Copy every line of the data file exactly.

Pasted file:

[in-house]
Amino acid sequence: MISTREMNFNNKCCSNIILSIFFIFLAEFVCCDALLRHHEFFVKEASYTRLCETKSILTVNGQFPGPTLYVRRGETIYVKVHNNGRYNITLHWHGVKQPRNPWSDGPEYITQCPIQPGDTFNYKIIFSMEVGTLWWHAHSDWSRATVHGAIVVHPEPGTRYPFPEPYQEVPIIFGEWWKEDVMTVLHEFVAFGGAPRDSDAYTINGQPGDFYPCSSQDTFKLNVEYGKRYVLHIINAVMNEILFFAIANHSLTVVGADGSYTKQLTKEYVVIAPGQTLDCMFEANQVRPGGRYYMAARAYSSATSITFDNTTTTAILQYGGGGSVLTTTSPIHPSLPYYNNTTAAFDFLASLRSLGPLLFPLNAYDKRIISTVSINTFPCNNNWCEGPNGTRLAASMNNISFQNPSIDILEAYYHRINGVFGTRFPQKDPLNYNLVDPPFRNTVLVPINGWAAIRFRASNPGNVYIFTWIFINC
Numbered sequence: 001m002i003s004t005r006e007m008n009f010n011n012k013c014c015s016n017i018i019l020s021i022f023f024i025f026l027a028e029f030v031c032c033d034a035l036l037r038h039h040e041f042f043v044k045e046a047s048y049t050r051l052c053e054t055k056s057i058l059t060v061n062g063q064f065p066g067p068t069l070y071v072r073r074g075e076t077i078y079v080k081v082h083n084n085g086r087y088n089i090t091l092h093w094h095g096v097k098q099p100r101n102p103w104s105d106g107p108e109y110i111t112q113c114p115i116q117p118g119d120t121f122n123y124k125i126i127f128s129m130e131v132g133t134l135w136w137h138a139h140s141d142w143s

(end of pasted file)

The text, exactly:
[in-house]
Amino acid sequence: MISTREMNFNNKCCSNIILSIFFIFLAEFVCCDALLRHHEFFVKEASYTRLCETKSILTVNGQFPGPTLYVRRGETIYVKVHNNGRYNITLHWHGVKQPRNPWSDGPEYITQCPIQPGDTFNYKIIFSMEVGTLWWHAHSDWSRATVHGAIVVHPEPGTRYPFPEPYQEVPIIFGEWWKEDVMTVLHEFVAFGGAPRDSDAYTINGQPGDFYPCSSQDTFKLNVEYGKRYVLHIINAVMNEILFFAIANHSLTVVGADGSYTKQLTKEYVVIAPGQTLDCMFEANQVRPGGRYYMAARAYSSATSITFDNTTTTAILQYGGGGSVLTTTSPIHPSLPYYNNTTAAFDFLASLRSLGPLLFPLNAYDKRIISTVSINTFPCNNNWCEGPNGTRLAASMNNISFQNPSIDILEAYYHRINGVFGTRFPQKDPLNYNLVDPPFRNTVLVPINGWAAIRFRASNPGNVYIFTWIFINC
Numbered sequence: 001m002i003s004t005r006e007m008n009f010n011n012k013c014c015s016n017i018i019l020s021i022f023f024i025f026l027a028e029f030v031c032c033d034a035l036l037r038h039h040e041f042f043v044k045e046a047s048y049t050r051l052c053e054t055k056s057i058l059t060v061n062g063q064f065p066g067p068t069l070y071v072r073r074g075e076t077i078y079v080k081v082h083n084n085g086r087y088n089i090t091l092h093w094h095g096v097k098q099p100r101n102p103w104s105d106g107p108e109y110i111t112q113c114p115i116q117p118g119d120t121f122n123y124k125i126i127f128s129m130e131v132g133t134l135w136w137h138a139h140s141d142w143s